The Quiet Revelations Lost in the Loud Chatter About Israel and Iran

The Middle East, for its observers, is theater. A place of smoke and mirrors, as many a foreign journalist is fond of saying. It’s more sorry fate than cultural disposition. In coveted lands, conspiracies tend to thrive and, alas, everybody, inside and out, wants a piece of us.

So, we Arabs, from a very tender age, are conditioned to believe that what we see is almost always a lie, shadowplay, the purpose of which is to hide something sinister.

Your Jabalia Could Have Been Our Jambalaya

Joye Vailes Shepperd–Vailes to me since we were teenagers–is my best friend. We met in high school when I joined Holton-Arms in my junior year. She was an old timer and a senior, with all the comforts and familiarities that come with that; I was new, with all the discomforts and unease that attach to this.

Ever since those early days, she and I have been each other’s whisperers, editors, advocates, and critics–constant conversationalists across the spectrum of time and life.

Other People’s Voices

Every once in a while the heart falls silent and a pause imposes itself.

At such moments, I find respite in curating other people’s voices.

First, there is the fact that becomes truth:

In a Haaretz interview, Nathan Thrall, certainly one of the most astute and sensitive observers of Israel and Palestine, distilled the essence of the dilemma now–for both Israelis and Palestinians.

“We Miss White Bread”

Her name is Mariam. Why is she upset, the journalist asks. Life is very hard, she explains. Za’atar (thyme) is all they eat. Her father recently left for heaven, and they are stranded in a school, she and her brother.

And then the tears. “We have nothing. We miss bread…white bread.”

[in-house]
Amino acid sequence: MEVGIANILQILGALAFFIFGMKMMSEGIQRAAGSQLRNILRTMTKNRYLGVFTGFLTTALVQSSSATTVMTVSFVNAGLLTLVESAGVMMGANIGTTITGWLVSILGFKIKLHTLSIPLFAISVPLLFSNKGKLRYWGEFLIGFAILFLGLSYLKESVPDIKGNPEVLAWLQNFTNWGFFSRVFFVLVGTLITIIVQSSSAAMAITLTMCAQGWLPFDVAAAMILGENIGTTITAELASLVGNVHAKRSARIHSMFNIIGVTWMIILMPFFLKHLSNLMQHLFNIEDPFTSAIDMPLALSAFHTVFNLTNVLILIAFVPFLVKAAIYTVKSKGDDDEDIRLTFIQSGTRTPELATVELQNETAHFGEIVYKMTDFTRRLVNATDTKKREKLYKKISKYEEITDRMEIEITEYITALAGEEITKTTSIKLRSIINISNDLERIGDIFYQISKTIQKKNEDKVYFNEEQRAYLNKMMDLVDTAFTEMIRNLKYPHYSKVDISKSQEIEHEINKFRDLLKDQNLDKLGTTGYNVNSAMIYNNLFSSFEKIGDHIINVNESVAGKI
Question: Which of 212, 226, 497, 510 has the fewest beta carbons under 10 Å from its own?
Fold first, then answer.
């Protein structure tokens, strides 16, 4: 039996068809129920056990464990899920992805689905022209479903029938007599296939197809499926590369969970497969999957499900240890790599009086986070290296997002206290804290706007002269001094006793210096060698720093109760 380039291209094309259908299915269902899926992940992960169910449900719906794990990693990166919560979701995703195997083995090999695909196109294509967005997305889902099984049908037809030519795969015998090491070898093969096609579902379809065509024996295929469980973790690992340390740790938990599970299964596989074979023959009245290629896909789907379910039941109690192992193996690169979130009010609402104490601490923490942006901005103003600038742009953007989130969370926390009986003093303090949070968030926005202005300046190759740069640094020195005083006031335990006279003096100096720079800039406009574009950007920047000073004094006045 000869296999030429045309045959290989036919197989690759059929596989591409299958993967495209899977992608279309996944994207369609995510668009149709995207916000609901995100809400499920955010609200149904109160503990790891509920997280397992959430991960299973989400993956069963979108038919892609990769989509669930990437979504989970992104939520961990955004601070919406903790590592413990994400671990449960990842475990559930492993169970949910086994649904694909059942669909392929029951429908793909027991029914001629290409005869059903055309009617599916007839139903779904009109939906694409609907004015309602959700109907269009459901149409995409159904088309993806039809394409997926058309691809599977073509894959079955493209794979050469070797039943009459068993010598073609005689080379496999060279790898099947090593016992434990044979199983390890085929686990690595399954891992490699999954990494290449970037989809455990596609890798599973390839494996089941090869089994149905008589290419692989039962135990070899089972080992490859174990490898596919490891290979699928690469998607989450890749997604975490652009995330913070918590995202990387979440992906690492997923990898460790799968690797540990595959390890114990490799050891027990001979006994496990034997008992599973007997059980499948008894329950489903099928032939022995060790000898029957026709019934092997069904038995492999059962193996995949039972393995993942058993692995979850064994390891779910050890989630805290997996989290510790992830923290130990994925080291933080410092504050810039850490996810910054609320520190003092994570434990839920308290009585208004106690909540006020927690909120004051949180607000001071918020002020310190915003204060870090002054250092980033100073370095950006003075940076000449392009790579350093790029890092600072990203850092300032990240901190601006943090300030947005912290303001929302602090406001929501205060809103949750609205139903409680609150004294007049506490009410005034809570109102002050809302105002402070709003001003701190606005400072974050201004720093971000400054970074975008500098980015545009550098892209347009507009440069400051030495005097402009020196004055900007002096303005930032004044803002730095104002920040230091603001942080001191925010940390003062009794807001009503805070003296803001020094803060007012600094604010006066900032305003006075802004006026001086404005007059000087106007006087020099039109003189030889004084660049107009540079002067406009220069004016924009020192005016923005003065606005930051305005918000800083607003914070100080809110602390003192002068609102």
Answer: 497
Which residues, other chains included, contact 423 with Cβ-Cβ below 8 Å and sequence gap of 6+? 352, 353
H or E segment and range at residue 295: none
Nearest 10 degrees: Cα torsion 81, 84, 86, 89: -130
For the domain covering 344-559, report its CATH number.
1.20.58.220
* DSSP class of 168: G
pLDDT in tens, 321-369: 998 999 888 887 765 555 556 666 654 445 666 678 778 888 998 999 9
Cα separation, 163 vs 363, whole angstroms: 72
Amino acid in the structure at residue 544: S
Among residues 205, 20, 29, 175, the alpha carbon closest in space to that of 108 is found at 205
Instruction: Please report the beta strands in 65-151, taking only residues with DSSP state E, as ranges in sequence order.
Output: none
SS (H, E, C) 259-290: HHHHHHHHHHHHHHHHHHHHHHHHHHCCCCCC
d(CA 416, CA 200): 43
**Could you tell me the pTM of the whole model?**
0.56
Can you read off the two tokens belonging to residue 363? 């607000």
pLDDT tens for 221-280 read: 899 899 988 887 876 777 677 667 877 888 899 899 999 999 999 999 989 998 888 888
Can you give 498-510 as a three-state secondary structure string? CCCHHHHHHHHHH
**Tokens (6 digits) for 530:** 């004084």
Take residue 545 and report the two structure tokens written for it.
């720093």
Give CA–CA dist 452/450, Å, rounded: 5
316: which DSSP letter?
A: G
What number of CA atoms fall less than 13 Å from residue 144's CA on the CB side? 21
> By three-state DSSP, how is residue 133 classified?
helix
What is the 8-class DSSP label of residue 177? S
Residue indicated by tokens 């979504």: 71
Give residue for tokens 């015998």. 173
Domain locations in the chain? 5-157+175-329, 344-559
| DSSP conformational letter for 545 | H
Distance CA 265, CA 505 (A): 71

Who will rebuild life anew from the wreckage of Mariam’s childhood? From the ruins of her sisters’ and brothers’ in Palestine, in Syria, in Lebanon, Sudan, Yemen, Libya…?

The Gaza Syndrome

October! The usual change of seasons and its darting dizzy spells. A few days and they will dissipate, I said to myself. But they stayed for weeks, then months.

The doctor said it could be the crystals in my left ear. My sister’s problem since her teens, would you believe? What would make them misbehave with me now, I wondered?

Can This Israel Survive In the Glare of The Day?

Hagar Brodutch and her three children were among the Israelis who were taken hostage by Hamas on October 7, and later released in the exchange of captives in November. She and her kids were held in an apartment somewhere in the North of Gaza. As Israel pounded away all around her, she started to grapple with the twin-truths of the October attack:

In Lebanon, We Wait As We Watch

We hear it in whispers and see it everywhere in screaming headlines. In major crises, public news and the very quiet chatter in the corridors of power rarely agree. But this time, between them, there is hardly any daylight.

Dare We Look Forward?

As an excruciatingly painful 2023 folds, the unavoidable question: dare we look forward?

How can we not? And inevitably, for many of us, hand in hand with every private fear and aspiration comes the collective one. The private and public realms are just that intertwined in this Arab life.

Every time I see her, I am stricken by an all-engulfing sadness made even more unbearable by her helplessness and ours, her family, before afflictions that won’t abate. When we are together, most times there is hardly any emotion on display beside outward love–no tears and scenes, no curses and furies, no visible laments. But always, there’s the ever-present whisper: ya haram. Mercy! I know that my three siblings feel and whisper the same.

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